Thursday, October 18, 2012

Lyin' Joe Biden

Lying through his amazingly white teeth.
The Vice Presidential debate occurred only last week, but a week in election season can seem like an eternity. So before the debate fades out of the news cycle, let's address one of Vice President Biden's more starkly incorrect statements from Danville, as it pertains to an issue that will likely outlast even presidential election. Here's how he addressed the Department of Health and Human Services mandate that Catholic organizations and institutions provide coverage of contraceptive services for the employees--a direct violation of Catholic teaching:
"With regard to the assault on the Catholic Church, let me make it absolutely clear. No religious institution—Catholic or otherwise, including Catholic social services, Georgetown hospital, Mercy hospital, any hospital—none has to either refer contraception, none has to pay for contraception, none has to be a vehicle to get contraception in any insurance policy they provide. That is a fact. That is a fact.
The U.S. Conference of Catholic Bishops, which has been leading the Catholic fight against the HHS mandate for months now, disagrees:  
This is not a fact. The HHS mandate contains a narrow, four-part exemption for certain "religious employers." That exemption was made final in February and does not extend to "Catholic social services, Georgetown hospital, Mercy hospital, any hospital," or any other religious charity that offers its services to all, regardless of the faith of those served.
HHS has proposed an additional "accommodation" for religious organizations like these, which HHS itself describes as "non-exempt." That proposal does not even potentially relieve these organizations from the obligation "to pay for contraception" and "to be a vehicle to get contraception." They will have to serve as a vehicle, because they will still be forced to provide their employees with health coverage, and that coverage will still have to include sterilization, contraception, and abortifacients. They will have to pay for these things, because the premiums that the organizations (and their employees) are required to pay will still be applied, along with other funds, to cover the cost of these drugs and surgeries.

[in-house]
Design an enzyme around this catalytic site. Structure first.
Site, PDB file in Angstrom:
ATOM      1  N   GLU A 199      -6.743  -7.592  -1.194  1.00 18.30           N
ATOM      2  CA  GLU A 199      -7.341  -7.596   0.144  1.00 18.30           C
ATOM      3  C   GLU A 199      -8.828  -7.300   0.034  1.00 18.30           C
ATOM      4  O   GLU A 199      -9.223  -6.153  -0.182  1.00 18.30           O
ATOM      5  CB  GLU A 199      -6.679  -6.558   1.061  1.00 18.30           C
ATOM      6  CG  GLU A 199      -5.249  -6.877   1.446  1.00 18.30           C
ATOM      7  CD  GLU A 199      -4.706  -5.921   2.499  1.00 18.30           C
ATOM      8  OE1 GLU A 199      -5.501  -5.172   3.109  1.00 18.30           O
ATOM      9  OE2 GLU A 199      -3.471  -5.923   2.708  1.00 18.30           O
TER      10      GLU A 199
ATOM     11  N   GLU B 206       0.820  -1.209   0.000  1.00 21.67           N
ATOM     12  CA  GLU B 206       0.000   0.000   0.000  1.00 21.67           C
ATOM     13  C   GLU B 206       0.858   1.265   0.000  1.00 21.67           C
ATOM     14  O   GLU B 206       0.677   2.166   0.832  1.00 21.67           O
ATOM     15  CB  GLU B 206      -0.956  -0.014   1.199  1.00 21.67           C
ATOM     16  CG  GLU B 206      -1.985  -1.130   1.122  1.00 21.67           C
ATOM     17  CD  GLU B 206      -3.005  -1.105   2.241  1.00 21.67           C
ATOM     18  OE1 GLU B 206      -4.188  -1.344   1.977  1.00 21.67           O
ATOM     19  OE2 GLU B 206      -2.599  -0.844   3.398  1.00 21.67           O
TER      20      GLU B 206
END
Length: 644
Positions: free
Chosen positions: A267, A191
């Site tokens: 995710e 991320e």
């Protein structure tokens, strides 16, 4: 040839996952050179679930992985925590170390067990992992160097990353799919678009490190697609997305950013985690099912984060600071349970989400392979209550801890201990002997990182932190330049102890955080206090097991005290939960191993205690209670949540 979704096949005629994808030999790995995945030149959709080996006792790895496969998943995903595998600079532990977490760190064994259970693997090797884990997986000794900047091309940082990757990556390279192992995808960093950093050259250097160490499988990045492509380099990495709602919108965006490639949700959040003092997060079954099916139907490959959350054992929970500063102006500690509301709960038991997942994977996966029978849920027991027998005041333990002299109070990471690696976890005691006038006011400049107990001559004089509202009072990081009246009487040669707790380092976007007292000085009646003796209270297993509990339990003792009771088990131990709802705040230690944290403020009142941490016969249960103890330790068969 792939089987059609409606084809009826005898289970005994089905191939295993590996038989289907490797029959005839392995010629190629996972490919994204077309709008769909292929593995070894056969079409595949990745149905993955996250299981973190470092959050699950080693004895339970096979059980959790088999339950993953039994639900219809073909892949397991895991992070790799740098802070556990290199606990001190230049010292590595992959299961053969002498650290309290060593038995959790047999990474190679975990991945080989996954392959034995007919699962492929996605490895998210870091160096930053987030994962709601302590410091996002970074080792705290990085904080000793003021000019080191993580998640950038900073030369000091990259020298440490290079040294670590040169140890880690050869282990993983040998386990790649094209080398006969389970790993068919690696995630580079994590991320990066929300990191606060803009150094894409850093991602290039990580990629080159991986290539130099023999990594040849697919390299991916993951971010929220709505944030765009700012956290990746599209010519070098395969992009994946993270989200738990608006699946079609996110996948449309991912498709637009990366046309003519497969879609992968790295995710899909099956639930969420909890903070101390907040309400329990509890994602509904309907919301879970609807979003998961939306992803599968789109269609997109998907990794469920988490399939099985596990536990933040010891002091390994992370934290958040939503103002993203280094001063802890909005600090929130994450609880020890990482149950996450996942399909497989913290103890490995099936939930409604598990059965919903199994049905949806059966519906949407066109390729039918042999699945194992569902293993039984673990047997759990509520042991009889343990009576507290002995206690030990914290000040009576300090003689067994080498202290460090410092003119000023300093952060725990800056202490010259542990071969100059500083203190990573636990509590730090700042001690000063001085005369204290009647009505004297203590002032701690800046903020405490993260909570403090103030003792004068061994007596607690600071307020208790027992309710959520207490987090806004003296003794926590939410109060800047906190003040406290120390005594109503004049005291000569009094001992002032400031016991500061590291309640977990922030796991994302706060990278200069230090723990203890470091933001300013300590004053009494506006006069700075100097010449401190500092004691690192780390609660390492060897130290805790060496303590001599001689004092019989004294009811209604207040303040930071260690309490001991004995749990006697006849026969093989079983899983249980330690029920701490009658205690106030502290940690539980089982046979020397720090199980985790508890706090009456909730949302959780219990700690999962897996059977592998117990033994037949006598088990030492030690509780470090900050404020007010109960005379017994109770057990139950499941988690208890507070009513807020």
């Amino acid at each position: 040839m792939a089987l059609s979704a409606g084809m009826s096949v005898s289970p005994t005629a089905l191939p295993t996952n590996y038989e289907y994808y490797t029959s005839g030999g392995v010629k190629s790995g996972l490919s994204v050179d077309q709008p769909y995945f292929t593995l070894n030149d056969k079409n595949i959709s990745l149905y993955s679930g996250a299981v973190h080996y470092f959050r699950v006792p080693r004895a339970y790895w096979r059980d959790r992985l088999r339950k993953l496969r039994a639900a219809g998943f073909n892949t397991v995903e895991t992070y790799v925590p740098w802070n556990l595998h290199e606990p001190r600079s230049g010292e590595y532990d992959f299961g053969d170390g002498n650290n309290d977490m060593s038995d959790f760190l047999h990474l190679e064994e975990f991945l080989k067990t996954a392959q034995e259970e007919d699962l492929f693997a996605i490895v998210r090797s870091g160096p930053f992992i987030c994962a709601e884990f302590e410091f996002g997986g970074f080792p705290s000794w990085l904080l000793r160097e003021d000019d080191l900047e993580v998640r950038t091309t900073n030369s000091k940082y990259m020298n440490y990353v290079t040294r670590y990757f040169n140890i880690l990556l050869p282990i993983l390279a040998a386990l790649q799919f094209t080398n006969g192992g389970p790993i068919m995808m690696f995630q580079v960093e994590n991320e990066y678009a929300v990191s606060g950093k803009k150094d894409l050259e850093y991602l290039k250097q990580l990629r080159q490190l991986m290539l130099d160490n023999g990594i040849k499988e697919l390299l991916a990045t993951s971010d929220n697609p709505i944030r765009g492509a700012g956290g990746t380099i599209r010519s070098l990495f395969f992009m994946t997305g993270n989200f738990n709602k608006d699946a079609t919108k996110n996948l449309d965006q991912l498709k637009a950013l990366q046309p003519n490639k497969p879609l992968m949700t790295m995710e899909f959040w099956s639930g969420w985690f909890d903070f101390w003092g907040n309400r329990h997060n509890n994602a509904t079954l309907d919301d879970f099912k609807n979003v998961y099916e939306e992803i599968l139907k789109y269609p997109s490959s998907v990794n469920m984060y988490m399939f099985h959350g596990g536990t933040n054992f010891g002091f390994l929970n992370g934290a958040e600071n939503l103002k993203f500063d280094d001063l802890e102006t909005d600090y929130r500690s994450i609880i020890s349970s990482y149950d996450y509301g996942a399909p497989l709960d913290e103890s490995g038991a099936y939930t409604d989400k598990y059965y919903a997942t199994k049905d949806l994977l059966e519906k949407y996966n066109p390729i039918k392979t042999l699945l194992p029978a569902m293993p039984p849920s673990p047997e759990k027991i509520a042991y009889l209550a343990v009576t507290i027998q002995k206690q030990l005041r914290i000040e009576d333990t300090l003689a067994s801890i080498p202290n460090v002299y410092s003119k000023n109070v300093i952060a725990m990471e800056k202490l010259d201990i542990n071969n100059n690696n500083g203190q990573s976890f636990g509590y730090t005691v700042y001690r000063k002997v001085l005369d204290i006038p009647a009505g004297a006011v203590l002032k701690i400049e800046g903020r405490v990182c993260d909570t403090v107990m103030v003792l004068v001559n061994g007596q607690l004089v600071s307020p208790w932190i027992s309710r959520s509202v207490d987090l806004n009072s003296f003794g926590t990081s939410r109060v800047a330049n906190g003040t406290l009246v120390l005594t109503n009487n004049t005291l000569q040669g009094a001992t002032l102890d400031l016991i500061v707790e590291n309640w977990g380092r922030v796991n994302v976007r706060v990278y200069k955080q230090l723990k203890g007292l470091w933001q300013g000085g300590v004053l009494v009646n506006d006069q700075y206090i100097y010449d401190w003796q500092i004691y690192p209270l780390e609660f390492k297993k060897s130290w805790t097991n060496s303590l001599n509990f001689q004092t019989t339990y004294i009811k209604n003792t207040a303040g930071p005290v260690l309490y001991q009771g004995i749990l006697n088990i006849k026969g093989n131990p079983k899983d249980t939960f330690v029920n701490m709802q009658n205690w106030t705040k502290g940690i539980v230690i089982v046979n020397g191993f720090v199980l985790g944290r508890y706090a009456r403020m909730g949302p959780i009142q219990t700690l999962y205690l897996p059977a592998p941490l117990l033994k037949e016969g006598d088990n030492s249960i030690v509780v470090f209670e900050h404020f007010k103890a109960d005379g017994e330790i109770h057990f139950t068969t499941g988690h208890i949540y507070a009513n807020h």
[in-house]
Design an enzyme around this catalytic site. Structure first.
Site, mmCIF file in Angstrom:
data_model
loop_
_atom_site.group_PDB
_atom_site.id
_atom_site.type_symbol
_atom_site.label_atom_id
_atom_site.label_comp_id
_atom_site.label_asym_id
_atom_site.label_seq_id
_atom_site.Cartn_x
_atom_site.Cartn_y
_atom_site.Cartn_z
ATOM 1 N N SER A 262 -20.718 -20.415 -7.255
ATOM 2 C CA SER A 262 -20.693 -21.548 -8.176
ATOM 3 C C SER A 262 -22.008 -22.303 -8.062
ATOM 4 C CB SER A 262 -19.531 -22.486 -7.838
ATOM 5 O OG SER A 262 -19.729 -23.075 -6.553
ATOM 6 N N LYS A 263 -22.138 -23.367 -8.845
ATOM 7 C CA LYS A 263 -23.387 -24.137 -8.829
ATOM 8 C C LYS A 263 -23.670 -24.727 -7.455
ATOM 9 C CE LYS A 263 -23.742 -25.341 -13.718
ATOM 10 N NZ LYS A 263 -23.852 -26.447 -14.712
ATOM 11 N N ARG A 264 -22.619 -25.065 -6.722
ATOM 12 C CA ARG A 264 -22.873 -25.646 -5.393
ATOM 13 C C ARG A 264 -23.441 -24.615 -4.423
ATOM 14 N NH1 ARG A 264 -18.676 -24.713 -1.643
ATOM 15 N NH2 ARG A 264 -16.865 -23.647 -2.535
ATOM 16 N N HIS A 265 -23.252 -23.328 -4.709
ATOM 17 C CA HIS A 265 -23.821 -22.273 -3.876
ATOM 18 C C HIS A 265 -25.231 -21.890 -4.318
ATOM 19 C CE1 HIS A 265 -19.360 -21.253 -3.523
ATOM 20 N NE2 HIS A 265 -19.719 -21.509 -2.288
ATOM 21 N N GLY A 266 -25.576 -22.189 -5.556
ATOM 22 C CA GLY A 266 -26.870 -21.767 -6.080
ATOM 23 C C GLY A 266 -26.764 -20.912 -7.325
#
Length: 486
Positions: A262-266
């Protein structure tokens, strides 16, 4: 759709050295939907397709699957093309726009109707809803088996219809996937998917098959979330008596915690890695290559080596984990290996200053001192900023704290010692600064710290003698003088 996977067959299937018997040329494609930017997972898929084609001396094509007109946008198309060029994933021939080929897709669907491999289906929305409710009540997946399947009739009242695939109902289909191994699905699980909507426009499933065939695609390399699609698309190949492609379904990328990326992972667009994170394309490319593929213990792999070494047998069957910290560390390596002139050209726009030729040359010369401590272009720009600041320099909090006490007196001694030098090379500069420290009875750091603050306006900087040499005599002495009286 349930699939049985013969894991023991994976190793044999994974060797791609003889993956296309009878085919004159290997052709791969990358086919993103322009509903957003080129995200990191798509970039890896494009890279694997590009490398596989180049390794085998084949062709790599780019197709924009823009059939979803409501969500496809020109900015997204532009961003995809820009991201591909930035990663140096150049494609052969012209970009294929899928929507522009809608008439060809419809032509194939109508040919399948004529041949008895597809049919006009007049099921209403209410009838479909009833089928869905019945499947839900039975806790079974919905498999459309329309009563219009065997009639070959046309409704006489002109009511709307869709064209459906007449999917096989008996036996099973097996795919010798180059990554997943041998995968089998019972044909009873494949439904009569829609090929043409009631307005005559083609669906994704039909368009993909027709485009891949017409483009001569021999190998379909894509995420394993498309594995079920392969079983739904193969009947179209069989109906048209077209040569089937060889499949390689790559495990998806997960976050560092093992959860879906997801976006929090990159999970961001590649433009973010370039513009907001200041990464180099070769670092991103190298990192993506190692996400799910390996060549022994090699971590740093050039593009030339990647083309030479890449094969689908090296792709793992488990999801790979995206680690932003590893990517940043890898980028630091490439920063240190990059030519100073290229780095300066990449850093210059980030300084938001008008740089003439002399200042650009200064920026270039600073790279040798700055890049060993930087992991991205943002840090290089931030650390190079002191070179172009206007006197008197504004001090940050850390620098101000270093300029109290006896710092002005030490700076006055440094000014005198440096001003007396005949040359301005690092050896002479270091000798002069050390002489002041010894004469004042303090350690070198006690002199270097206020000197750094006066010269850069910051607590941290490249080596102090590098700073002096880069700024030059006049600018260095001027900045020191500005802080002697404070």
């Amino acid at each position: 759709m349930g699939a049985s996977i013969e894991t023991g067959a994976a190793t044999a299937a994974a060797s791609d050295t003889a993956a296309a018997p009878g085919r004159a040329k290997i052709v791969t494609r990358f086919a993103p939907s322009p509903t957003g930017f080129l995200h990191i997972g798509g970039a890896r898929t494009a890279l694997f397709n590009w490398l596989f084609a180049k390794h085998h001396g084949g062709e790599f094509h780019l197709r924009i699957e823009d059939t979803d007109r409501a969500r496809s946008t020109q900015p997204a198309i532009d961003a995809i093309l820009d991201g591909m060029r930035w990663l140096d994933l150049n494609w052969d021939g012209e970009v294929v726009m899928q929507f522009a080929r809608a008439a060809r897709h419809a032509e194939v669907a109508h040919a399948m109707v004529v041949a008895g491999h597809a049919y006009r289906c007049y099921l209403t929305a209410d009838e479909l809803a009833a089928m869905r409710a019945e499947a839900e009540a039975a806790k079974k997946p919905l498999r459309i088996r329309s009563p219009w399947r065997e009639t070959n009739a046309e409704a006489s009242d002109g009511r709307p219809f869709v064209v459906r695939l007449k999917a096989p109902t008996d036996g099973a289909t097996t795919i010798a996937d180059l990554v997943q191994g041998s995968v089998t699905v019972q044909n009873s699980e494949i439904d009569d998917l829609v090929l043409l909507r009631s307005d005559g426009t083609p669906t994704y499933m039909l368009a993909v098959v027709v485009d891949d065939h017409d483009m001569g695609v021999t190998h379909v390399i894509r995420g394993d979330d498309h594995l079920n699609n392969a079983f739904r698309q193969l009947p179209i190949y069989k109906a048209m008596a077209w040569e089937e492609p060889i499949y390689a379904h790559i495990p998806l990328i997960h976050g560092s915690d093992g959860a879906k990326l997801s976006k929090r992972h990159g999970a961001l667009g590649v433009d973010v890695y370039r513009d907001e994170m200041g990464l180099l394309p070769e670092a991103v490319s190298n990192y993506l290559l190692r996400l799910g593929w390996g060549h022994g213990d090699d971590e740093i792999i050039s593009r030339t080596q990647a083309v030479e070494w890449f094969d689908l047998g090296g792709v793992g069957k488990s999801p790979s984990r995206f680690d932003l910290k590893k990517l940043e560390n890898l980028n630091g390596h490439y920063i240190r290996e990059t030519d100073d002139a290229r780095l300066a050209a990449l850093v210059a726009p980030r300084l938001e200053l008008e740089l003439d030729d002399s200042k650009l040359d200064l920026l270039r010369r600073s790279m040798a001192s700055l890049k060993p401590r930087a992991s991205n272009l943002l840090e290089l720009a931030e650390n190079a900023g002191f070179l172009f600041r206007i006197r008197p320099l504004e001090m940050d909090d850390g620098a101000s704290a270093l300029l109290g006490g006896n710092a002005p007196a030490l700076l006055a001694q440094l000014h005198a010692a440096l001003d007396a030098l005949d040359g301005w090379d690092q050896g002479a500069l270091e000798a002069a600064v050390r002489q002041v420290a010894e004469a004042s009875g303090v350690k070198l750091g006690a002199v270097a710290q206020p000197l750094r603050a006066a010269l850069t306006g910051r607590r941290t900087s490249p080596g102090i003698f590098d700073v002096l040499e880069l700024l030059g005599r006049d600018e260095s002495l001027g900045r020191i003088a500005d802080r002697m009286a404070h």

In short: Joe Biden may not have been lying (I just couldn't resist the rhyme), but he was certainly incorrect. The HHS mandate continues to affect Catholic entities across the country, forcing them either to violate their consciences or violate federal law. Both of the authors of this blog are Catholic, and so this issue hits us quite close to home. In fact, the conversations that inspired this blog were about this very subject.

Interestingly, Joe Biden is also Catholic. Here's another telling quote from last week's debate, via Jonah Goldberg:
“My religion defines who I am, and I’ve been a practicing Catholic my whole life. . . . [Catholicism] has particularly informed my social doctrine. The Catholic social doctrine talks about taking care of those who — who can’t take care of themselves.”